Dräger calls for increased use of fire escape hoods in evacuation safety.

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Dräger, an international leader in the fields of medical and safety technology, is calling for fire escape hoods to become part of any fire safety plan where evacuation takes more than a couple of minutes – including educational facilities, hospitals, hotels and high-rise buildings.

Fire escape hoods are designed to provide wearers with crucial minutes of protection from fire-related vapours, particles and gases, including carbon-monoxide. Dräger’s PARAT smoke hood range provide wearers with up to 15 minutes of protection.  According to the UK Government, nearly one in three (30%) of fire-related fatalities are the result of being ‘overcome by gas or smoke’[1], which makes fumes a fire’s most deadly killer.

Dräger therefore believes it is essential that fire escape hoods are used as a supplementary support to other fire safety evacuation measures, e.g., fire doors and disabled refuge areas.

Indeed, the Fire Door Inspection Scheme (FDIS) recently found in a study of more than 100,000 fire door inspections that three in four, or 75% of all fire doors failed to meet required standards[2]. Buildings that had the highest number of fire door inspection failures included healthcare buildings, local authorities and housing associations, and private housing, but across the board the research supports the need for supplementary fire safety measures.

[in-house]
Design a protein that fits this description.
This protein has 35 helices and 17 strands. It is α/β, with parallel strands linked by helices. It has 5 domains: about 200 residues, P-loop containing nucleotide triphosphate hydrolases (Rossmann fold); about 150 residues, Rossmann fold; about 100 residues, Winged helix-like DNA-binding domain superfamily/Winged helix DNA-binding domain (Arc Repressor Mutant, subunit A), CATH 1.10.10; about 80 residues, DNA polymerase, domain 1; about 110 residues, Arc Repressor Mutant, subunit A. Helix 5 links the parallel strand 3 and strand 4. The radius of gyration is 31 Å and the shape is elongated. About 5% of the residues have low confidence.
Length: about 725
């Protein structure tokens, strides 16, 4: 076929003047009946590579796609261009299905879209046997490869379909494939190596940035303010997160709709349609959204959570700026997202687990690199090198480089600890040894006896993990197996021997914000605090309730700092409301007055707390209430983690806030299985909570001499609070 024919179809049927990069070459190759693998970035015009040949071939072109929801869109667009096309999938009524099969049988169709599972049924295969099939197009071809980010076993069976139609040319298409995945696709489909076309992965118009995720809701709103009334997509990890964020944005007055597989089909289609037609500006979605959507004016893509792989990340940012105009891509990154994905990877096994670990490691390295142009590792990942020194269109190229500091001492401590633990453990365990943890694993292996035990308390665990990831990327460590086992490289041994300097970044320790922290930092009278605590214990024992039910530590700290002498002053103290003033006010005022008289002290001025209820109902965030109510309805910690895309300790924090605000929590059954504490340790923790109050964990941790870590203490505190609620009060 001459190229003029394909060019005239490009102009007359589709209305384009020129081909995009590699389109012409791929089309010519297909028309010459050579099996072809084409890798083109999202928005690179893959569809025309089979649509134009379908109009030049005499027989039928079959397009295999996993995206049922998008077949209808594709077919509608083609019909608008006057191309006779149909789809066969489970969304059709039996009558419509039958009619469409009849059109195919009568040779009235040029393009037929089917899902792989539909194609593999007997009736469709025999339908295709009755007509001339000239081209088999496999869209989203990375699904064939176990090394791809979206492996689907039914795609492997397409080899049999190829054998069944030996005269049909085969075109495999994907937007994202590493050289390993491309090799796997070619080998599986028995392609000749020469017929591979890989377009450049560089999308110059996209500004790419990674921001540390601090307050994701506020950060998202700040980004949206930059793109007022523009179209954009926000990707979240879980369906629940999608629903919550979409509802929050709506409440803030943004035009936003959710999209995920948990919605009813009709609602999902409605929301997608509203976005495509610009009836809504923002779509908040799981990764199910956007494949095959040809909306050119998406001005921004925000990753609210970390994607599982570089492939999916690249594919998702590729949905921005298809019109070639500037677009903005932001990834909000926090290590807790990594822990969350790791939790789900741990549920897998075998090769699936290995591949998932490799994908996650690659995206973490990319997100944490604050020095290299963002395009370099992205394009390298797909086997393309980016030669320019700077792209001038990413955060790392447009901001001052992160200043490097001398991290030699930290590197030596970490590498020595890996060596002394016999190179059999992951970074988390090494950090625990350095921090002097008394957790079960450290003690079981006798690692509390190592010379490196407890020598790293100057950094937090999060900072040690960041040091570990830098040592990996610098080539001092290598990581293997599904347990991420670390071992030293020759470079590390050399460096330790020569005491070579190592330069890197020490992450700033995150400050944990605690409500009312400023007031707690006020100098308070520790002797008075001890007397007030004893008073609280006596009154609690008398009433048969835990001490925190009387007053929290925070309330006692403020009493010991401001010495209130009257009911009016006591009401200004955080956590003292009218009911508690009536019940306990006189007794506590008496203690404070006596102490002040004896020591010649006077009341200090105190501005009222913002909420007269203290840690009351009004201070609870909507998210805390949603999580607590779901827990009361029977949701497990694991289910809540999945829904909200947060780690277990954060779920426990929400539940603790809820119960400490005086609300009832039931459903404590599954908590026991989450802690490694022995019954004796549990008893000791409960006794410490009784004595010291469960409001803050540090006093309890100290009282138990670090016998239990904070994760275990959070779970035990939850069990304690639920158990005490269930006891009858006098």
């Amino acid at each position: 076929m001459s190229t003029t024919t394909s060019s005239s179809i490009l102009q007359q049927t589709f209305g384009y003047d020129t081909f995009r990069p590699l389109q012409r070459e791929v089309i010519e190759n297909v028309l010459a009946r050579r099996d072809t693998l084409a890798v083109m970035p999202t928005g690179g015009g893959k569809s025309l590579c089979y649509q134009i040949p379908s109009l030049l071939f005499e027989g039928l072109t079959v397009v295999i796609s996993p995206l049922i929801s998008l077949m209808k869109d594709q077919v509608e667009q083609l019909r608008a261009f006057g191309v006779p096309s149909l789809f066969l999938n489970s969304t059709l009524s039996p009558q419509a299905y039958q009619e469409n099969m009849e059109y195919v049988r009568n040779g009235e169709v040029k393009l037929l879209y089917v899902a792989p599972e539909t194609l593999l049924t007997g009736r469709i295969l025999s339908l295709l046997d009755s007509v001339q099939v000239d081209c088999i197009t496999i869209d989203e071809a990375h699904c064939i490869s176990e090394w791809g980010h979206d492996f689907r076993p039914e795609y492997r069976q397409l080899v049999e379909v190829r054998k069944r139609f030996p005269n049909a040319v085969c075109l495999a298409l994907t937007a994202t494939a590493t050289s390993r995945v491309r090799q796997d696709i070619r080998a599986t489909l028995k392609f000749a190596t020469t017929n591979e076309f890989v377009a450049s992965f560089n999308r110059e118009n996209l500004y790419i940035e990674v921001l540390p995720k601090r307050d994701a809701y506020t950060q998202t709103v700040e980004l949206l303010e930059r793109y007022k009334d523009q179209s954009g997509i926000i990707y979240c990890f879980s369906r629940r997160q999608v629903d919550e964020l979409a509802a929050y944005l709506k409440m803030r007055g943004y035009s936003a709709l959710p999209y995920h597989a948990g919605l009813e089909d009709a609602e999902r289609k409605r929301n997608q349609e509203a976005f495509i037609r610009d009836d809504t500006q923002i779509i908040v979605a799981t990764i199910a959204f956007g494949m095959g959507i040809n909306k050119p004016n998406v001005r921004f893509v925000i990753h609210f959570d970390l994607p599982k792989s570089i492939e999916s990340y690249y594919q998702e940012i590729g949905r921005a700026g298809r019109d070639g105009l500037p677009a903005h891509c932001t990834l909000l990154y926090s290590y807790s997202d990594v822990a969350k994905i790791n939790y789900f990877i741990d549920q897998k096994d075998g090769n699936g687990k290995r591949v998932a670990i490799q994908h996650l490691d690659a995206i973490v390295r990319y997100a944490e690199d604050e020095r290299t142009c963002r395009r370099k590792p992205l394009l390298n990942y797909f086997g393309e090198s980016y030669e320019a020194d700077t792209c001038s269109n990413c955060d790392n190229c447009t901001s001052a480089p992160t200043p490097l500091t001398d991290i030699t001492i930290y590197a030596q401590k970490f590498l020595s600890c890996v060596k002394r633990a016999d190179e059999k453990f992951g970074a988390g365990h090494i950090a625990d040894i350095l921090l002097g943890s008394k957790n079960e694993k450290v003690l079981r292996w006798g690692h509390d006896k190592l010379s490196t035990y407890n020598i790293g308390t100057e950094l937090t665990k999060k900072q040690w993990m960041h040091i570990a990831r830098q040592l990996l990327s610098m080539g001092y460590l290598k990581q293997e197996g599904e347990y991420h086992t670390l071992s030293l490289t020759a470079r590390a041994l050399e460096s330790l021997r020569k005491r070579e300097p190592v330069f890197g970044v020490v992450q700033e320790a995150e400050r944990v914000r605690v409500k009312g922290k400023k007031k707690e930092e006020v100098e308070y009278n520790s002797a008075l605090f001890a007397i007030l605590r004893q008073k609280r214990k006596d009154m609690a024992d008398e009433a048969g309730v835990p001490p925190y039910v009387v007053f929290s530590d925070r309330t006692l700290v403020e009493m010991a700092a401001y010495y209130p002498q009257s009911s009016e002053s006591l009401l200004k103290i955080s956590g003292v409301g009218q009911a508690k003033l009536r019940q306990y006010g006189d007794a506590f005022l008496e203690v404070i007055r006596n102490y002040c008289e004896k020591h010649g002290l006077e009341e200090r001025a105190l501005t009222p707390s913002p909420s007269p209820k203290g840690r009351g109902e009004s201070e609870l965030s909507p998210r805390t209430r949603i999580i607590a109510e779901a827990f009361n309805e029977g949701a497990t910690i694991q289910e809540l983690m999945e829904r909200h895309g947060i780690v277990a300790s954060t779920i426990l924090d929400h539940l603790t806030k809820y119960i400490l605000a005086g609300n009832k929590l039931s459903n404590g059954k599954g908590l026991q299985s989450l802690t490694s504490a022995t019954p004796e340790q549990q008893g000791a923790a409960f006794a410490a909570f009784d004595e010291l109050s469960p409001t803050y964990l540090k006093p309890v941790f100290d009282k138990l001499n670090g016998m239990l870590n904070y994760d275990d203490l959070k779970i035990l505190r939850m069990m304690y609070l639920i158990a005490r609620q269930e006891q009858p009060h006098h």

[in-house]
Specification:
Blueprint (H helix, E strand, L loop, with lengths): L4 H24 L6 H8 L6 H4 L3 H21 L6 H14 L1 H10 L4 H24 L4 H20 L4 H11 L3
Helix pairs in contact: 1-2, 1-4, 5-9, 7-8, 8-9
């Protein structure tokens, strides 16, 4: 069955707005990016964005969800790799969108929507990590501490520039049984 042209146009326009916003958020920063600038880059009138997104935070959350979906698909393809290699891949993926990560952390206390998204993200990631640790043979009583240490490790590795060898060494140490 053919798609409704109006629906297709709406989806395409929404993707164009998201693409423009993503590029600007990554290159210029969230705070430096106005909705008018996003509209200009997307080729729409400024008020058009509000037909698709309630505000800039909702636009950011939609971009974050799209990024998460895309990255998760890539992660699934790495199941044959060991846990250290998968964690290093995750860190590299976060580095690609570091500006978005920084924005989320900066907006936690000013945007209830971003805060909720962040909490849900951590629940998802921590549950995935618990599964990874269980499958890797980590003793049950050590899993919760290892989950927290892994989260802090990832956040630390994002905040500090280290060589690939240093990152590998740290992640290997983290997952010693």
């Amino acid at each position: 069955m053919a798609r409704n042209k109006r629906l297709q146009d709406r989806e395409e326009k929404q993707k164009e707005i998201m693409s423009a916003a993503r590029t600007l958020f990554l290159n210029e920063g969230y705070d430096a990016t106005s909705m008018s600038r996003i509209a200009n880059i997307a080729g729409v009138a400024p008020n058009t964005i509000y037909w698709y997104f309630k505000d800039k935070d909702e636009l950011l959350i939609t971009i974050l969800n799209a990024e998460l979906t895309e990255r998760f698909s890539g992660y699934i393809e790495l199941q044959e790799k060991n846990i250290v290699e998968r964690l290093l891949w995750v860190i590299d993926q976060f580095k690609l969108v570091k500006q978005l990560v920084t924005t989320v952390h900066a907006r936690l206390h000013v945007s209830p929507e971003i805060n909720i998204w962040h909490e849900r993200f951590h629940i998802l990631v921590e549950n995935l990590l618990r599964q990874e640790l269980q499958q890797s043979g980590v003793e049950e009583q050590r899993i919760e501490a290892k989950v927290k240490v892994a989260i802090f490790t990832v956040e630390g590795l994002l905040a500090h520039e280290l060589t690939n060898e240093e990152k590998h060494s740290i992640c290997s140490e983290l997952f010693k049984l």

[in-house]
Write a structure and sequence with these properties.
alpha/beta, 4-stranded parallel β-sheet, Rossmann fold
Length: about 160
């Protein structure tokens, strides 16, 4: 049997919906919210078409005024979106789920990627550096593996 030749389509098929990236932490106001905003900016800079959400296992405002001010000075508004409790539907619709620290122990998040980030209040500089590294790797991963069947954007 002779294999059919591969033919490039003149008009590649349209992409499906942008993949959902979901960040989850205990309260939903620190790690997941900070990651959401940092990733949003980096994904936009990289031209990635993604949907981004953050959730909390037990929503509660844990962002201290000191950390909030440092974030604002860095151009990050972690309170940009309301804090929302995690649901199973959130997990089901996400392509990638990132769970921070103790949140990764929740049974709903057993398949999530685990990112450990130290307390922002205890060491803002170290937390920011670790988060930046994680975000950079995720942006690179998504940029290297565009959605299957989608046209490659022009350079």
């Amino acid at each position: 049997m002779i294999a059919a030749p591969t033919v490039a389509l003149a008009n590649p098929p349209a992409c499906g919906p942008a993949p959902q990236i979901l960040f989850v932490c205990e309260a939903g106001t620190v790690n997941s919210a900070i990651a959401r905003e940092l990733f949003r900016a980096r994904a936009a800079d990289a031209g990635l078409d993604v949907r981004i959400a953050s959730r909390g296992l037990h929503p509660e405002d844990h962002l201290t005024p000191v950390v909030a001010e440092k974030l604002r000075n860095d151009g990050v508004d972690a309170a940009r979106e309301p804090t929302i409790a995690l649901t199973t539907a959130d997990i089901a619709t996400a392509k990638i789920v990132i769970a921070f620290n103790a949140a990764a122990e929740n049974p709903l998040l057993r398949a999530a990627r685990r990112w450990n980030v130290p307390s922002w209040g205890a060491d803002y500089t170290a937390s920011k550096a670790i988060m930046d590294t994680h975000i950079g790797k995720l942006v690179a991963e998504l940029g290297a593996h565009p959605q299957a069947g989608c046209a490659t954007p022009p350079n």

Ian Gil-Rodriguez of Dräger Safety UK says the Industry has a responsibility to promote the increased use of fire escape hoods “The fact that Fire and Rescue Services globally and in the UK are now using fire escape hoods is evidence of their critical importance,” he says. “Our Industry needs to come together and join forces to push this change, for the good of public safety. Fire Escape Hoods should be a standard component of evacuation plans, a complementary part of the complicated puzzle, as opposed to a standalone solution.”

For more information on Dräger or its product offering, please visit www.draeger.com  

[1] https://www.gov.uk/government/statistics/detailed-analysis-of-fires-attended-by-fire-and-rescue-services-england-april-2021-to-march-2022/detailed-analysis-of-fires-attended-by-fire-and-rescue-services-england-april-2021-to-march-2022#:~:text=2.4%20Causes%20of%20deaths%20and%20injuries&text=In%20the%20year%20ending%20March%202022%2C%20where%20known%2C%20the%20most,of%20fire%2Drelated%20fatalities).

[2] https://www.ifsecglobal.com/fire-news/three-quarters-of-fire-doors-fail-inspections-according-to-fdis/

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